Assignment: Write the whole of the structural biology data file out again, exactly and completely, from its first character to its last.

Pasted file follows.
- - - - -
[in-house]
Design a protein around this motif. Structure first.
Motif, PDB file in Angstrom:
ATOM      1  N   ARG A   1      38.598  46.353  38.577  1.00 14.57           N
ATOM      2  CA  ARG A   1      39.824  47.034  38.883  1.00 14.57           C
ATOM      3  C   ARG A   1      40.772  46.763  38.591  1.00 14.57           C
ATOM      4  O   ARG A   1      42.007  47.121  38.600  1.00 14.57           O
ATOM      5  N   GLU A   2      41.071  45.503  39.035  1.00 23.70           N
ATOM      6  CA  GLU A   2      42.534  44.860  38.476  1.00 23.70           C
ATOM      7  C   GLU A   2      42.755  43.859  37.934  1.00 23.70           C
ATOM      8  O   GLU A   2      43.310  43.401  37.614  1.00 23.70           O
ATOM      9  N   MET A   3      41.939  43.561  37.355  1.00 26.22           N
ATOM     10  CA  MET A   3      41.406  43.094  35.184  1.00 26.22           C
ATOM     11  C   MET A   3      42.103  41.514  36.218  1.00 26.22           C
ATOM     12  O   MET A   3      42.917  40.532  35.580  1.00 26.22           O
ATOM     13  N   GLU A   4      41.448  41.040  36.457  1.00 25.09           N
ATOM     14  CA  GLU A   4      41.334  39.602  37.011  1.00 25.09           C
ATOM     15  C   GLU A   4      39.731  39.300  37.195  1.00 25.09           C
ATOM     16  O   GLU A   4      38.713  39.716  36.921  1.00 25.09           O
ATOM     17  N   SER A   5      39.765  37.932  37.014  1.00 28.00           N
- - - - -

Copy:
[in-house]
Design a protein around this motif. Structure first.
Motif, PDB file in Angstrom:
ATOM      1  N   ARG A   1      38.598  46.353  38.577  1.00 14.57           N
ATOM      2  CA  ARG A   1      39.824  47.034  38.883  1.00 14.57           C
ATOM      3  C   ARG A   1      40.772  46.763  38.591  1.00 14.57           C
ATOM      4  O   ARG A   1      42.007  47.121  38.600  1.00 14.57           O
ATOM      5  N   GLU A   2      41.071  45.503  39.035  1.00 23.70           N
ATOM      6  CA  GLU A   2      42.534  44.860  38.476  1.00 23.70           C
ATOM      7  C   GLU A   2      42.755  43.859  37.934  1.00 23.70           C
ATOM      8  O   GLU A   2      43.310  43.401  37.614  1.00 23.70           O
ATOM      9  N   MET A   3      41.939  43.561  37.355  1.00 26.22           N
ATOM     10  CA  MET A   3      41.406  43.094  35.184  1.00 26.22           C
ATOM     11  C   MET A   3      42.103  41.514  36.218  1.00 26.22           C
ATOM     12  O   MET A   3      42.917  40.532  35.580  1.00 26.22           O
ATOM     13  N   GLU A   4      41.448  41.040  36.457  1.00 25.09           N
ATOM     14  CA  GLU A   4      41.334  39.602  37.011  1.00 25.09           C
ATOM     15  C   GLU A   4      39.731  39.300  37.195  1.00 25.09           C
ATOM     16  O   GLU A   4      38.713  39.716  36.921  1.00 25.09           O
ATOM     17  N   SER A   5      39.765  37.932  37.014  1.00 28.00           N